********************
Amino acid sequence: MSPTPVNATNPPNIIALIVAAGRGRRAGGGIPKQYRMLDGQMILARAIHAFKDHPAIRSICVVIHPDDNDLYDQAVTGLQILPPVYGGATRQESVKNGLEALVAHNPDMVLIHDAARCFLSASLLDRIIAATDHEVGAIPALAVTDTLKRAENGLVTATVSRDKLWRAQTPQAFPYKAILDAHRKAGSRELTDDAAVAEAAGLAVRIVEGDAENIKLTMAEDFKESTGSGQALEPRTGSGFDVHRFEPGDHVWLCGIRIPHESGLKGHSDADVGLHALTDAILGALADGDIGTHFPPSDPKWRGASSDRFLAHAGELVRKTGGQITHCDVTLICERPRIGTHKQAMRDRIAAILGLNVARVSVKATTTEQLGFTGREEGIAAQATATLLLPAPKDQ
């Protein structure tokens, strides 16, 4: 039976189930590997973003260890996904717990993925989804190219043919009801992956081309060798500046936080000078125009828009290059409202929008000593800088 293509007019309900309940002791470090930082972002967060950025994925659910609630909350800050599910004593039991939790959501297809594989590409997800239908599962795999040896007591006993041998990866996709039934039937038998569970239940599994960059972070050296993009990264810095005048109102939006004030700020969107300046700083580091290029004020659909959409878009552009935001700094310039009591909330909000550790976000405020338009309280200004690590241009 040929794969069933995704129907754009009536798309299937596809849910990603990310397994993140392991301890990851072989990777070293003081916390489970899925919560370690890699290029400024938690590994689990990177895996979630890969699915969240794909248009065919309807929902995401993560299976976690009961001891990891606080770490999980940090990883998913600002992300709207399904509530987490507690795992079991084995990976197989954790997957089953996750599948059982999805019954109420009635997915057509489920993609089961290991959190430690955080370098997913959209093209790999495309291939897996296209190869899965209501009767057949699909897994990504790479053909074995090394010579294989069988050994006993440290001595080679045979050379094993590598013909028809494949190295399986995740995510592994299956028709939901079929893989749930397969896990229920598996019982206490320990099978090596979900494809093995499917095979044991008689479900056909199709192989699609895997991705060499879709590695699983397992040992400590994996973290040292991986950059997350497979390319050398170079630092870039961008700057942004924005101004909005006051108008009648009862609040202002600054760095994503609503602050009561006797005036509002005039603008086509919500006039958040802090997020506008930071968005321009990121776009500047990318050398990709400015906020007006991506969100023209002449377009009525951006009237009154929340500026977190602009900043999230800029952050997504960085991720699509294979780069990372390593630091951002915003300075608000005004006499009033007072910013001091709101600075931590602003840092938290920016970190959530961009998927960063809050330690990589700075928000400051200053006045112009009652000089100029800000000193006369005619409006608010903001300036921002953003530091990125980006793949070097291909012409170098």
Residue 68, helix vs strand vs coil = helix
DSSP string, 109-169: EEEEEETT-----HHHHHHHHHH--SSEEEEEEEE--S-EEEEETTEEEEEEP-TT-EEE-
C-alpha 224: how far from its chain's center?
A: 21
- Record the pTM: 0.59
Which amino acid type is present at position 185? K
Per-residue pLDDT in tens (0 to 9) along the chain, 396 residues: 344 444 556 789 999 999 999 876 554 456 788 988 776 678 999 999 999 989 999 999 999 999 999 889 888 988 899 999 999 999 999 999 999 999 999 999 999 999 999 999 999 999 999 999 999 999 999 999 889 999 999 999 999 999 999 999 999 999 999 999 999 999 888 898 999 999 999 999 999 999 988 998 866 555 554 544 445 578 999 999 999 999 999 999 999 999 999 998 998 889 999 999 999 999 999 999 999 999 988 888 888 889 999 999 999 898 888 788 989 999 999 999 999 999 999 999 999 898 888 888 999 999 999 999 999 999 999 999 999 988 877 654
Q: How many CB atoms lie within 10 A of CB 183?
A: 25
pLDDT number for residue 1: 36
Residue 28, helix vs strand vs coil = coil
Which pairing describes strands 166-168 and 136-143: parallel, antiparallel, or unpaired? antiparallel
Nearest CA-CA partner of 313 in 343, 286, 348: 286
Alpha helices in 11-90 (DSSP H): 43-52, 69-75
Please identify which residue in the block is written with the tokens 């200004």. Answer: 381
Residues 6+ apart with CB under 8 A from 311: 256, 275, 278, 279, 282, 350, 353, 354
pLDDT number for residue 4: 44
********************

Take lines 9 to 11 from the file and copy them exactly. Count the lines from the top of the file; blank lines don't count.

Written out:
Per-residue pLDDT in tens (0 to 9) along the chain, 396 residues: 344 444 556 789 999 999 999 876 554 456 788 988 776 678 999 999 999 989 999 999 999 999 999 889 888 988 899 999 999 999 999 999 999 999 999 999 999 999 999 999 999 999 999 999 999 999 999 999 889 999 999 999 999 999 999 999 999 999 999 999 999 999 888 898 999 999 999 999 999 999 988 998 866 555 554 544 445 578 999 999 999 999 999 999 999 999 999 998 998 889 999 999 999 999 999 999 999 999 988 888 888 889 999 999 999 898 888 788 989 999 999 999 999 999 999 999 999 898 888 888 999 999 999 999 999 999 999 999 999 988 877 654
Q: How many CB atoms lie within 10 A of CB 183?
A: 25